Well, Americans won’t be walking in Europe! Not just because the worldwide pandemic makes travel dodgy – but because the EU has banned Americans. While European countries largely contained the coronavirus, as we know the U.S. did not. American (presidential) incompetence and recklessness allowed unnecessary and tragic COVID-19 infections. A bad situation, getting worse. Denial, lies, and obfuscation prove poor tools for virus fighting.
Exclusion from Europe is just one way American esteem has fallen in the world under this administration. Aside from other bad presidential moments – George Bush in Iraq comes to mind – Europeans always greeted us and our tourist ways with friendliness and curiosity. This, too, shall pass, and if one isn’t too old, travel will happen again – a new president and a controlled virus will encourage summertime in British gardens, hot nights in Italy, train rides through countrysides, and walks in Irish rain.
Ordinary days merge together in routine, but trips with walks leave indelible impressions. For a decade, with our increasingly complex family – first adding wives, then one child, then two, then three – memorable moments of stress and joy accompanied those trips. Selfishly I’d so hoped for more with all four grandchildren.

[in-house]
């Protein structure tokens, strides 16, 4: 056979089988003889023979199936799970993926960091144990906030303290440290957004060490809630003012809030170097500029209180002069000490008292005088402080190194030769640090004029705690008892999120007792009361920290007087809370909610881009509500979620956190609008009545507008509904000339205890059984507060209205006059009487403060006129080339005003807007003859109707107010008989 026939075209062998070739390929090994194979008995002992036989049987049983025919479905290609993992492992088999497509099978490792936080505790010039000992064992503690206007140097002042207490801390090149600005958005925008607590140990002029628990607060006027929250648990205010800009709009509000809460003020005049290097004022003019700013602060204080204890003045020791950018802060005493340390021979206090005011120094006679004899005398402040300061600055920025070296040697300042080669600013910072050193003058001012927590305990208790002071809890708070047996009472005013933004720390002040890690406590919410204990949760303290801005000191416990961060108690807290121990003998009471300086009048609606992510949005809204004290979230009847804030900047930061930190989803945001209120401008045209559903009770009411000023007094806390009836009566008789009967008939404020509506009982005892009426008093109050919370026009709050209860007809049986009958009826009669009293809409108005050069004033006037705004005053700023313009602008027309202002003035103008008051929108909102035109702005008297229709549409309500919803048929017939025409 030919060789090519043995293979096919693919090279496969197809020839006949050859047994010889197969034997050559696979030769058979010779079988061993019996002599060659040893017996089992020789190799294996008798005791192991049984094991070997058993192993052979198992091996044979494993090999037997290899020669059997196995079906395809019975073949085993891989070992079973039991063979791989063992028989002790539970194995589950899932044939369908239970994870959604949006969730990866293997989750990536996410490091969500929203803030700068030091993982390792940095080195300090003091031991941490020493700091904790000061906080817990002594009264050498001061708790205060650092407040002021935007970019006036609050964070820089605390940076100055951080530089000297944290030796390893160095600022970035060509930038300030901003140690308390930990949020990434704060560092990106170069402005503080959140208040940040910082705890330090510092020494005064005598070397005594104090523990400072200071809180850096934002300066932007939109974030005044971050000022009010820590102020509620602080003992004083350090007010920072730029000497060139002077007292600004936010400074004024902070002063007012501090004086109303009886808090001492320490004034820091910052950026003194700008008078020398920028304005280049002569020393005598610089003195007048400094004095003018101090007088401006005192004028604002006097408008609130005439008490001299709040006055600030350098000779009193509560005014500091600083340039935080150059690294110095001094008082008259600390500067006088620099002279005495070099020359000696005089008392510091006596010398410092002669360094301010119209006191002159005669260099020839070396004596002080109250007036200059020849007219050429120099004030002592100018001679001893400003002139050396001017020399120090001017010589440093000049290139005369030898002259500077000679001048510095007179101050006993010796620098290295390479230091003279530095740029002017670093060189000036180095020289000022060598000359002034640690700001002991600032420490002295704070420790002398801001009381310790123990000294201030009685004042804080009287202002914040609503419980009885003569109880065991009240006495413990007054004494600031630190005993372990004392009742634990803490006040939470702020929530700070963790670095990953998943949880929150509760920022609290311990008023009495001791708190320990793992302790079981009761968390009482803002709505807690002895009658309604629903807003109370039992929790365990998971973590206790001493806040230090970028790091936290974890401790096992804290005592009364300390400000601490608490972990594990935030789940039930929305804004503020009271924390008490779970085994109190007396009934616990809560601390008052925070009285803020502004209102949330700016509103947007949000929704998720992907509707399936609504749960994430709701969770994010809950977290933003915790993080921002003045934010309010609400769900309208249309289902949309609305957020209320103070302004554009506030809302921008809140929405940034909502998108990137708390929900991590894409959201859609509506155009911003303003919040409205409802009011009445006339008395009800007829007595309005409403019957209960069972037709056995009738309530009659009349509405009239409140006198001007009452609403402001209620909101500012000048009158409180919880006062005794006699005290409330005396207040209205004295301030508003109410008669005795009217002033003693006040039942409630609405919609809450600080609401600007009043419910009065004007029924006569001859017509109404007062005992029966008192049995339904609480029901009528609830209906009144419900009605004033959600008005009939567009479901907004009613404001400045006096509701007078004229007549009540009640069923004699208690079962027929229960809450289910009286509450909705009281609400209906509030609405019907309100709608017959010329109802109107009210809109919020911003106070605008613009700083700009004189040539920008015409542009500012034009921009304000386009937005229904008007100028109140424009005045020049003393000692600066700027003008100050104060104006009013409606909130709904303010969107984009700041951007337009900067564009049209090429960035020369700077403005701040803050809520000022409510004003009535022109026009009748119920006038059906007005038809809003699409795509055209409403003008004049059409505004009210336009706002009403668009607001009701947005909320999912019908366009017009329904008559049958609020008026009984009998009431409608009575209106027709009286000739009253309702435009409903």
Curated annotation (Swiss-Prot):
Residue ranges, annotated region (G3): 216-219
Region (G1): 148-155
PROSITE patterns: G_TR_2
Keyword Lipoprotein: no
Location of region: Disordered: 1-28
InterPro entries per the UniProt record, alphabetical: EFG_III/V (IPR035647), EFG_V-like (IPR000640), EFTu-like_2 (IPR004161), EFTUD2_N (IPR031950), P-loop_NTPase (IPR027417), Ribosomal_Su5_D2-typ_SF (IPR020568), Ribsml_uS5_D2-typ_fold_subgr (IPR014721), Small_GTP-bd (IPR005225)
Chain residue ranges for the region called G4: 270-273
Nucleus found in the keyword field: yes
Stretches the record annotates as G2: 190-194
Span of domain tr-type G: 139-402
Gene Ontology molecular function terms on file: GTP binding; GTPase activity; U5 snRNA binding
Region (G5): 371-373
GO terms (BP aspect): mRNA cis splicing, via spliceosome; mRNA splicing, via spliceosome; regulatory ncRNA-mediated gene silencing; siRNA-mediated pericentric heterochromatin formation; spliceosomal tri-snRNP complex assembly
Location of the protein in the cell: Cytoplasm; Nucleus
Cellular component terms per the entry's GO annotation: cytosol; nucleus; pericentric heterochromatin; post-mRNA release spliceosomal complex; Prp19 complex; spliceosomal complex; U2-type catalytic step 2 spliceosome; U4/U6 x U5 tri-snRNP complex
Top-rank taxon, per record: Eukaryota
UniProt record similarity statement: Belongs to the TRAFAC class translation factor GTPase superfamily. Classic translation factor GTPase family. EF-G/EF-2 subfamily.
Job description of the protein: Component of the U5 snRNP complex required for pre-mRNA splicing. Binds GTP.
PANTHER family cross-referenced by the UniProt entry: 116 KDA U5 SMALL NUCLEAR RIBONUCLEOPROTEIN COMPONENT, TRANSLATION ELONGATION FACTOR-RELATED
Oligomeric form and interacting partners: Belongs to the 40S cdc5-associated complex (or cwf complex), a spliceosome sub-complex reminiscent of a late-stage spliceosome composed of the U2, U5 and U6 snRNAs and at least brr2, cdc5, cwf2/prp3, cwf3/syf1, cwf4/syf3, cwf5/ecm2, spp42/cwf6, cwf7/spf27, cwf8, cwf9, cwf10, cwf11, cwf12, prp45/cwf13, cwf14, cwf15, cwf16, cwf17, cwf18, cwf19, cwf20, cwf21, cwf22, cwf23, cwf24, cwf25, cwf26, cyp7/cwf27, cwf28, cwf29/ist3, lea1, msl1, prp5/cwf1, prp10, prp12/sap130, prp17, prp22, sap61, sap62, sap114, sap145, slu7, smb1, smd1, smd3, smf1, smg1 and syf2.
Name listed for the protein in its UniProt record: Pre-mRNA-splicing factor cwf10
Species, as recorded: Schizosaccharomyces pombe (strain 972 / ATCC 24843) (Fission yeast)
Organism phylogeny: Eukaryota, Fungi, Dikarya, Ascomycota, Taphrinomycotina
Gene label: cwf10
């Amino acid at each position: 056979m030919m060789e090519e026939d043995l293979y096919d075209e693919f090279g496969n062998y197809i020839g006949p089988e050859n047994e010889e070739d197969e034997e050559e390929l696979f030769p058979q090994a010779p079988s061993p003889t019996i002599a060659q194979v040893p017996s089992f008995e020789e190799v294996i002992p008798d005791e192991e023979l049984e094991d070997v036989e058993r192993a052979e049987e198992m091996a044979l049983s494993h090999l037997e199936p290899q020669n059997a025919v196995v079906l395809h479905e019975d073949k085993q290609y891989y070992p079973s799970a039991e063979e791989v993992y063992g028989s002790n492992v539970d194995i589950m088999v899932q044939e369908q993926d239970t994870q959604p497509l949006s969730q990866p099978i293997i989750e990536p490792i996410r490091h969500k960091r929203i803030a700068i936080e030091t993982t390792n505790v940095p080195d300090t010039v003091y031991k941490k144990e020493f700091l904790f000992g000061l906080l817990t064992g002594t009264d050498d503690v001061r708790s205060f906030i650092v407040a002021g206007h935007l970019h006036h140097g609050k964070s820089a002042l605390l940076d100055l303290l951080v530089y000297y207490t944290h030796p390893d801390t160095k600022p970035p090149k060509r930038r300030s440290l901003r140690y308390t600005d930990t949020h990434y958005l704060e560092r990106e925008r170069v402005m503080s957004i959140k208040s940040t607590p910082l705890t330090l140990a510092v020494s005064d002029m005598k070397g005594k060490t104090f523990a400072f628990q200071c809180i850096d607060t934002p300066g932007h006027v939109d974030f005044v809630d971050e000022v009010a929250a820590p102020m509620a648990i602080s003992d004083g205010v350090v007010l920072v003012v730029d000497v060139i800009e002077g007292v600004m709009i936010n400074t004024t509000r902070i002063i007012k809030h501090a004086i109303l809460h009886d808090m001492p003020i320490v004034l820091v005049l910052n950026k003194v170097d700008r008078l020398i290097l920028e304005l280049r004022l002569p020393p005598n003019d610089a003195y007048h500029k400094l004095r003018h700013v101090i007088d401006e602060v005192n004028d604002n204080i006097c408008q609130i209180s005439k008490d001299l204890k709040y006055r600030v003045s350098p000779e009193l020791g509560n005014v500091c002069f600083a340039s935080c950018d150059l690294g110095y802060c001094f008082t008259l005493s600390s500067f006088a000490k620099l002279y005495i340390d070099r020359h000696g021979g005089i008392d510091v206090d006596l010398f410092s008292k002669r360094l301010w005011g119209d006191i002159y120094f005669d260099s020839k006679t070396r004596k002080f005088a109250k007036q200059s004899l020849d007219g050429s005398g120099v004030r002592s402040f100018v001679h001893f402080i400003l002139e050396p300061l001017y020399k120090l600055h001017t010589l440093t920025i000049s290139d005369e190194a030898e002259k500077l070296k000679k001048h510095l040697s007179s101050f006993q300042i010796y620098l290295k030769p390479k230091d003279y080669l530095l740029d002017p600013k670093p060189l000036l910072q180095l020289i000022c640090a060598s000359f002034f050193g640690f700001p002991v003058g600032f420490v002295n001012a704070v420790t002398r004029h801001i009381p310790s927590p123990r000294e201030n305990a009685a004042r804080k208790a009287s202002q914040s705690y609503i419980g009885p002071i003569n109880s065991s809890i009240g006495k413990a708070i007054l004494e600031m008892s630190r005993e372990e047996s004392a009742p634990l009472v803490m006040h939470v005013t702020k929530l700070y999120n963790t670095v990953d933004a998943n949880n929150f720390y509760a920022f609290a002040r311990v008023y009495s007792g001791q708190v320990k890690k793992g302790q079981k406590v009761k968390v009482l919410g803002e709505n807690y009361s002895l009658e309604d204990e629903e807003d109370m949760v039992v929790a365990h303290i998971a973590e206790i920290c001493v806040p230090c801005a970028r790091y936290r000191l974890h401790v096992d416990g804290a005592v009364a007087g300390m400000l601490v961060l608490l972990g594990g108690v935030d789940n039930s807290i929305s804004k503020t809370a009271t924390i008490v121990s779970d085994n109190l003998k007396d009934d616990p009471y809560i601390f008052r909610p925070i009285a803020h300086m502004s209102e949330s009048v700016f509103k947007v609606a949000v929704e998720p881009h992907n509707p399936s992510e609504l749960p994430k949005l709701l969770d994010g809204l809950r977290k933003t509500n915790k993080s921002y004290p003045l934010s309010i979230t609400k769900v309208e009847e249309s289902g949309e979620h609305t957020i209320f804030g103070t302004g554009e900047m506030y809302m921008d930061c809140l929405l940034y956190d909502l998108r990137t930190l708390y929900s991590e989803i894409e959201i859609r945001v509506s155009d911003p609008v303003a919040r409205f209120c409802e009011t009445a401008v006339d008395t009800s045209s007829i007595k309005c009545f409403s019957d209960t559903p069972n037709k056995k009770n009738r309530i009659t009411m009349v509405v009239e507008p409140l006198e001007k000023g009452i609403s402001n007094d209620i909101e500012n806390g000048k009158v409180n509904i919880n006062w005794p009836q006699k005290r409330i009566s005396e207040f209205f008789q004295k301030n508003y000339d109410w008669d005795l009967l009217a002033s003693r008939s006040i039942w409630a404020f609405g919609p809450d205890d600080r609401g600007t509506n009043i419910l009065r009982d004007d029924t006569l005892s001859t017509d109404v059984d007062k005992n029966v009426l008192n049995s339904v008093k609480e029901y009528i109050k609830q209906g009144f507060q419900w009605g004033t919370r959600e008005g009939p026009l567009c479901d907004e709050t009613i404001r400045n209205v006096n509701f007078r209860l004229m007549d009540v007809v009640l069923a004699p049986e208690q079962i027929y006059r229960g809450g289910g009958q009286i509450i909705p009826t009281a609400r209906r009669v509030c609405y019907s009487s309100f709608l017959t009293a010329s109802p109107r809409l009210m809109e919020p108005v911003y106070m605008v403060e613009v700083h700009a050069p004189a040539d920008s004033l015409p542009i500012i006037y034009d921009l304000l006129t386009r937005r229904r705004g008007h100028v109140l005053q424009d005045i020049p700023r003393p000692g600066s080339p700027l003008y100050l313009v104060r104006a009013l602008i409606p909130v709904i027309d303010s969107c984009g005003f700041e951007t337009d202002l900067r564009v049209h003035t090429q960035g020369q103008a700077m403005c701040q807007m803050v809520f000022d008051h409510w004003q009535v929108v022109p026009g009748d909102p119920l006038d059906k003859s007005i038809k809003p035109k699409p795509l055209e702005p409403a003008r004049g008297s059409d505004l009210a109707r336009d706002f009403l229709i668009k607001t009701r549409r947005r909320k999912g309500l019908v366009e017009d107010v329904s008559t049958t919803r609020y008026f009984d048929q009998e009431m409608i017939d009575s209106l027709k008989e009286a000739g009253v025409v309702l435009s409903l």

But meantime, in a treasured second life of travel – trip memories come on my daily walks this summer – footfalls as madeleines. My island walk has variety, and, in some form of compensatory thinking, invites remembering – stirred by my footsteps on pavement, outdoor café seating (lots of that now), and flower filled window boxes. Beside a body of water, I stop to gaze over the harbor as we might have stopped over a promontory and considered the valley below.
I climb hills, lots of hills, and down again through a new neighborhood catching glimpses of lived lives, lush gardens and inviting porches. I discover commuters’ connecting trails –– and a root-riddled path through a patch of woods, trees and undergrowth close, for a moment like a forest in an unknown place. I try to stop the internal fret and let my mind go – rainy days bring the sound of wind and rain flapping my hood, poles hitting the ground – and hot days, sun on my back walking up a hill, I expect vineyards instead of 50s ramblers and basketball hoops.
It works a little. I’m very grateful for all there is and all there was – but for sure, I’d rather be walking with Beowulf.